Limerick student initiative to combat ‘period poverty’

Some of the sanitary products collected by students at UL for distribution to local Direct Provision Centres.

STUDENTS at the University of Limerick are collecting donations of toiletries and sanitary products to deliver to direct provision centres in the next week.

This follows confirmation from Justice Minister Charlie Flanagan that most women in direct provision will have to pay for sanitary products out of their €21.60 weekly allowance.


He said that the government will cover the cost of menstrual hygiene products in some direct provision centres, but those in ‘independent living’ centres will have to pay for sanitary pads and tampons out of their weekly allowance.

Accommodation centres for persons seeking asylum are all moving to an ‘independent living’ model wherein each resident is assigned a number of points based on familial composition and residents can procure food, personal toiletries and hygiene products at a facility provided by the contractor.

Companies running the independent living centres are required to provide toiletries such as soap, shampoo, toothpaste and toilet paper, but there is no contractual obligation to provide ‘personal items’ such as menstrual hygiene products, Minister Flanagan explained.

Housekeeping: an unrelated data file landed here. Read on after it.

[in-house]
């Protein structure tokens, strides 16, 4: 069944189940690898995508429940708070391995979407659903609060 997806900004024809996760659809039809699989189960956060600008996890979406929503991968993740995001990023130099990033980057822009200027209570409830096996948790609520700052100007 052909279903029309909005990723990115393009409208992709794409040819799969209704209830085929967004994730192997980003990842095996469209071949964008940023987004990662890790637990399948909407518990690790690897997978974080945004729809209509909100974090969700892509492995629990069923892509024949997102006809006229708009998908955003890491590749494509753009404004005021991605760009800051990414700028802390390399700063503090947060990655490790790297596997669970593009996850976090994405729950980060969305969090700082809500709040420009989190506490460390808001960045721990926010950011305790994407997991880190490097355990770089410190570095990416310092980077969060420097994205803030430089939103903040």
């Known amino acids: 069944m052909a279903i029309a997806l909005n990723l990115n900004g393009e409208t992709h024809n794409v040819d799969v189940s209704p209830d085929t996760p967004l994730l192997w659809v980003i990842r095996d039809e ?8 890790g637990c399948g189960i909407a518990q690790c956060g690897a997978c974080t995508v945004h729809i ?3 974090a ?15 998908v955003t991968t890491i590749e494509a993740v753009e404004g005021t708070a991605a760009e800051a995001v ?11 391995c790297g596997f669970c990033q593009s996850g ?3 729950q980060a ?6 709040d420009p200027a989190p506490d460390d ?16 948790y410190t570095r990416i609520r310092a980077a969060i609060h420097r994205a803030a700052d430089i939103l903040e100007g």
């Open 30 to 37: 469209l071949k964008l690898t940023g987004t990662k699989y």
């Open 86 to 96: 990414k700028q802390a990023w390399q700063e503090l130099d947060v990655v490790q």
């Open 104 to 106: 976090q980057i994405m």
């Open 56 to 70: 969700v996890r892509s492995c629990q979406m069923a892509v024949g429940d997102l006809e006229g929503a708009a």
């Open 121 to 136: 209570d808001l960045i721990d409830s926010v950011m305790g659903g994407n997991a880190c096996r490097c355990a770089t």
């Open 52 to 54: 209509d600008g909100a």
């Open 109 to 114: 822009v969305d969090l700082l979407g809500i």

“My understanding is that the costs of such items was to be covered by the payment of the direct provision allowance,” he said.

The current allowance is €21.60 per resident per week and this will be increased to €38.80 for each adult and €29.80 for each child in March 2019.

Lorcan O’Donnell, Welfare Officer with UL Student Life (formerly UL’s Students’ Union), said it was “disappointing” and “cruel” some of the most disadvantaged in society would be left paying for “basic hygiene products.”

“Residents in Direct Provision are given just €21.60 to live on a week and to expect them to have to pay for the most fundamental sanitary products is not acceptable” he said.

Mr O’Donnell said UL Student Life have made efforts to combat ‘period poverty’ in Ireland by teaming up with the Homeless Period initiative to collect and distribute sanitary products to students in need.

“We are currently collecting all donations of toiletries and sanitary products that we will be delivering to direct provision centres in Limerick and Clare in the next week.

“According to an article in the Irish Times earlier this year, the estimated cost of for sanitary products per year is €132.34,” he added.

A number of buildings around UL are serving as drop-off points for the toiletries drive including UL Students Life centre, University Concert Hall, Irish World Academy and the Glucksman Library.